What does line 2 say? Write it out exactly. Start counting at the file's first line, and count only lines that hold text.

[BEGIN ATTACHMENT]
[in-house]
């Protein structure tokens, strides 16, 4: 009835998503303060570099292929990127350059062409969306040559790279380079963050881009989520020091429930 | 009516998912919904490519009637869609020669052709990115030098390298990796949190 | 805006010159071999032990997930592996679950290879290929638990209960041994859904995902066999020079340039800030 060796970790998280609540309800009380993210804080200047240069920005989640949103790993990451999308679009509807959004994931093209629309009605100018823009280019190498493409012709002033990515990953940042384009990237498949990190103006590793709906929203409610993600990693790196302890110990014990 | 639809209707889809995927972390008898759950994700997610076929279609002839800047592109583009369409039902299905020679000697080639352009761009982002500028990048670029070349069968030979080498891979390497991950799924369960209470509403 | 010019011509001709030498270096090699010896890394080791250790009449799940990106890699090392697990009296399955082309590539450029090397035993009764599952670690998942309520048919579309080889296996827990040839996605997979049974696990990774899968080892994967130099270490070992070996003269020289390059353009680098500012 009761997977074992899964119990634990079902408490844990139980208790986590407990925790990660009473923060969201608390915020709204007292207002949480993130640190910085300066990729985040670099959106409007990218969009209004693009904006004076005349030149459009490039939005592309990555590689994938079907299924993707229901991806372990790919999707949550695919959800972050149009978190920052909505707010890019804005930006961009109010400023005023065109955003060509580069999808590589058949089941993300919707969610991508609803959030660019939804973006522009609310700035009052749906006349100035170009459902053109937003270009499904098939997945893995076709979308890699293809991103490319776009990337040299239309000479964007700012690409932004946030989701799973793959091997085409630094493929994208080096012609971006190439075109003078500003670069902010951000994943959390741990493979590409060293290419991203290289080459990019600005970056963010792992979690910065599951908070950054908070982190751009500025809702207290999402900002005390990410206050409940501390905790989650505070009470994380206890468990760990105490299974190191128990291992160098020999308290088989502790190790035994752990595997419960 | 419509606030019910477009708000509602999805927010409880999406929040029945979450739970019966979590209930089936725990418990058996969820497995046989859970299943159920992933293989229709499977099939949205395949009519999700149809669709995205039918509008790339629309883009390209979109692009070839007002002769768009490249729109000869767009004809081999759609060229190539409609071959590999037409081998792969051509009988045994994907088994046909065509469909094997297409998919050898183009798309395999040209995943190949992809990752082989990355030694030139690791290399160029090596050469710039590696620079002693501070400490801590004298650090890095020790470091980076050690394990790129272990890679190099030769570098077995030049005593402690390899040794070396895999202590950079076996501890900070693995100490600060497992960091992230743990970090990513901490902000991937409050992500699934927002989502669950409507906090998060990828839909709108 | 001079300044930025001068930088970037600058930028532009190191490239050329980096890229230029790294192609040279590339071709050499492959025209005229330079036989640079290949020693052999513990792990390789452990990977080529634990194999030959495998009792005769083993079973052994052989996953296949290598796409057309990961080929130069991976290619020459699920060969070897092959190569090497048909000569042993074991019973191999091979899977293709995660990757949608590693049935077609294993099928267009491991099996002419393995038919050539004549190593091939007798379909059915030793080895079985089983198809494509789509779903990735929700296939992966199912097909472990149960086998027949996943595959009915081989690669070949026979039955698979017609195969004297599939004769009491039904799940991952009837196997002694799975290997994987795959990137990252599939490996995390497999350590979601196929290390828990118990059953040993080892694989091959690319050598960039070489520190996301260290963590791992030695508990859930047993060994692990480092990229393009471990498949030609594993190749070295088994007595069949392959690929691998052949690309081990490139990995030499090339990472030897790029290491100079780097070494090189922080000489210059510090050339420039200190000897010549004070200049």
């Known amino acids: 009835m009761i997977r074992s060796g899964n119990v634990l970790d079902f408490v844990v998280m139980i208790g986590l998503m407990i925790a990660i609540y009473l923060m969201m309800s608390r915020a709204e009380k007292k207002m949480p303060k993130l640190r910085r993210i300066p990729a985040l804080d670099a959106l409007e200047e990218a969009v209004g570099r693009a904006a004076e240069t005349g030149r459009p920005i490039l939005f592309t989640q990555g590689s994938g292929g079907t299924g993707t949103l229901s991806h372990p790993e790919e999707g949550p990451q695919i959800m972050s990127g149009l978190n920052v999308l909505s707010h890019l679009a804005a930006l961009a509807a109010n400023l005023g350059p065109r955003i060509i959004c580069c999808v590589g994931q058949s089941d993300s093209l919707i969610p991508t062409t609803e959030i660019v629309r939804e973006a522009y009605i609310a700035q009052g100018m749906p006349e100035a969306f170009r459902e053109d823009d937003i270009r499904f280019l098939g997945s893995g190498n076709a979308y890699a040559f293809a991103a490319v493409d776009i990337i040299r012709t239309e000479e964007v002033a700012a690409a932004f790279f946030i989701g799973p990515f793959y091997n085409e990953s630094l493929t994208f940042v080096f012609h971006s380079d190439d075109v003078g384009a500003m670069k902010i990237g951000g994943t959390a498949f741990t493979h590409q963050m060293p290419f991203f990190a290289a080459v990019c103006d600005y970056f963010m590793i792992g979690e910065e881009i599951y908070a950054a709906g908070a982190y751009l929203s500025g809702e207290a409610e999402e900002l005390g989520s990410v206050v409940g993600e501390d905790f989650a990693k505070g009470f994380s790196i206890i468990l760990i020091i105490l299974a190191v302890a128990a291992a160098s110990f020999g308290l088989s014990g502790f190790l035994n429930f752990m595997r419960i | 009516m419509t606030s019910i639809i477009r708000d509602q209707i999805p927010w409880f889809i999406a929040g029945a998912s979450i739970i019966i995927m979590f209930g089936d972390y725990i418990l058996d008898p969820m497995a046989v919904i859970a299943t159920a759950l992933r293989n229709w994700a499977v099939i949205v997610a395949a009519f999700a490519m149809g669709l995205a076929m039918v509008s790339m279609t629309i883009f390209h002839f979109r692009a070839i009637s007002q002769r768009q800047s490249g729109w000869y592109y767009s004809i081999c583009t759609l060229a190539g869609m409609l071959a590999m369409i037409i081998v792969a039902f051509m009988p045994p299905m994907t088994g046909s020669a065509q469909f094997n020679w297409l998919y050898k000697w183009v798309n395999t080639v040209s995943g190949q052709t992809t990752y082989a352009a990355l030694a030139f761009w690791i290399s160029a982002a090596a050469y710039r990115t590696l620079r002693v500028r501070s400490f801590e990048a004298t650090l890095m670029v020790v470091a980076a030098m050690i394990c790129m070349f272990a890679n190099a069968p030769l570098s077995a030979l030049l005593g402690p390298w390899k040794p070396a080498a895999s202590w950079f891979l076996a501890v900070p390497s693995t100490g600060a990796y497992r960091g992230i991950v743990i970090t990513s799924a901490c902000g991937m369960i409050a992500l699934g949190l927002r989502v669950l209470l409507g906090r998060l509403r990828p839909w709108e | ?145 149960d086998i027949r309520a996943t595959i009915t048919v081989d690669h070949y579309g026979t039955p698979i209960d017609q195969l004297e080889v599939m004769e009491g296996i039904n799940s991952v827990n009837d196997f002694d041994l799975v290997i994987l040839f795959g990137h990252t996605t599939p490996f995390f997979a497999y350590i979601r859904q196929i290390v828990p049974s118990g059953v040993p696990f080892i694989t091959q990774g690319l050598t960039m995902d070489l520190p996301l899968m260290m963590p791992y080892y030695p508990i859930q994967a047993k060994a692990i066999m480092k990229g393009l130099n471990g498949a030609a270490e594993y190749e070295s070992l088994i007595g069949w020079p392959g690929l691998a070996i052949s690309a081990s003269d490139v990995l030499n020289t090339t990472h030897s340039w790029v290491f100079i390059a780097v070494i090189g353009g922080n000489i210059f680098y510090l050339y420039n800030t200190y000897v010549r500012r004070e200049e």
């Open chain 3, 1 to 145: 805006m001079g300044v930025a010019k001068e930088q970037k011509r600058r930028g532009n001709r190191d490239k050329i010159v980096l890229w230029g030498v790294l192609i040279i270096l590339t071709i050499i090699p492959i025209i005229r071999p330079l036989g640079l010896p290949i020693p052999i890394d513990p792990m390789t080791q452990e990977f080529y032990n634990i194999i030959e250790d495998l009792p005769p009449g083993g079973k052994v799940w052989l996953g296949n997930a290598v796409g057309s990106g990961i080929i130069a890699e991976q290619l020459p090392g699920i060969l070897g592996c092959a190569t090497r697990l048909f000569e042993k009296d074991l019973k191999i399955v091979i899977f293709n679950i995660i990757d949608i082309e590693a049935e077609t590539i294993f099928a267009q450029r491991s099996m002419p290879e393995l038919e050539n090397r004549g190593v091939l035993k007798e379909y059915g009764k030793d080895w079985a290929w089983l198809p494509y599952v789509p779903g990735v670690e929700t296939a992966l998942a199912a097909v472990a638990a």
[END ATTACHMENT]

């Protein structure tokens, strides 16, 4: 009835998503303060570099292929990127350059062409969306040559790279380079963050881009989520020091429930 | 009516998912919904490519009637869609020669052709990115030098390298990796949190 | 805006010159071999032990997930592996679950290879290929638990209960041994859904995902066999020079340039800030 060796970790998280609540309800009380993210804080200047240069920005989640949103790993990451999308679009509807959004994931093209629309009605100018823009280019190498493409012709002033990515990953940042384009990237498949990190103006590793709906929203409610993600990693790196302890110990014990 | 639809209707889809995927972390008898759950994700997610076929279609002839800047592109583009369409039902299905020679000697080639352009761009982002500028990048670029070349069968030979080498891979390497991950799924369960209470509403 | 010019011509001709030498270096090699010896890394080791250790009449799940990106890699090392697990009296399955082309590539450029090397035993009764599952670690998942309520048919579309080889296996827990040839996605997979049974696990990774899968080892994967130099270490070992070996003269020289390059353009680098500012 009761997977074992899964119990634990079902408490844990139980208790986590407990925790990660009473923060969201608390915020709204007292207002949480993130640190910085300066990729985040670099959106409007990218969009209004693009904006004076005349030149459009490039939005592309990555590689994938079907299924993707229901991806372990790919999707949550695919959800972050149009978190920052909505707010890019804005930006961009109010400023005023065109955003060509580069999808590589058949089941993300919707969610991508609803959030660019939804973006522009609310700035009052749906006349100035170009459902053109937003270009499904098939997945893995076709979308890699293809991103490319776009990337040299239309000479964007700012690409932004946030989701799973793959091997085409630094493929994208080096012609971006190439075109003078500003670069902010951000994943959390741990493979590409060293290419991203290289080459990019600005970056963010792992979690910065599951908070950054908070982190751009500025809702207290999402900002005390990410206050409940501390905790989650505070009470994380206890468990760990105490299974190191128990291992160098020999308290088989502790190790035994752990595997419960 | 419509606030019910477009708000509602999805927010409880999406929040029945979450739970019966979590209930089936725990418990058996969820497995046989859970299943159920992933293989229709499977099939949205395949009519999700149809669709995205039918509008790339629309883009390209979109692009070839007002002769768009490249729109000869767009004809081999759609060229190539409609071959590999037409081998792969051509009988045994994907088994046909065509469909094997297409998919050898183009798309395999040209995943190949992809990752082989990355030694030139690791290399160029090596050469710039590696620079002693501070400490801590004298650090890095020790470091980076050690394990790129272990890679190099030769570098077995030049005593402690390899040794070396895999202590950079076996501890900070693995100490600060497992960091992230743990970090990513901490902000991937409050992500699934927002989502669950409507906090998060990828839909709108 | 001079300044930025001068930088970037600058930028532009190191490239050329980096890229230029790294192609040279590339071709050499492959025209005229330079036989640079290949020693052999513990792990390789452990990977080529634990194999030959495998009792005769083993079973052994052989996953296949290598796409057309990961080929130069991976290619020459699920060969070897092959190569090497048909000569042993074991019973191999091979899977293709995660990757949608590693049935077609294993099928267009491991099996002419393995038919050539004549190593091939007798379909059915030793080895079985089983198809494509789509779903990735929700296939992966199912097909472990149960086998027949996943595959009915081989690669070949026979039955698979017609195969004297599939004769009491039904799940991952009837196997002694799975290997994987795959990137990252599939490996995390497999350590979601196929290390828990118990059953040993080892694989091959690319050598960039070489520190996301260290963590791992030695508990859930047993060994692990480092990229393009471990498949030609594993190749070295088994007595069949392959690929691998052949690309081990490139990995030499090339990472030897790029290491100079780097070494090189922080000489210059510090050339420039200190000897010549004070200049």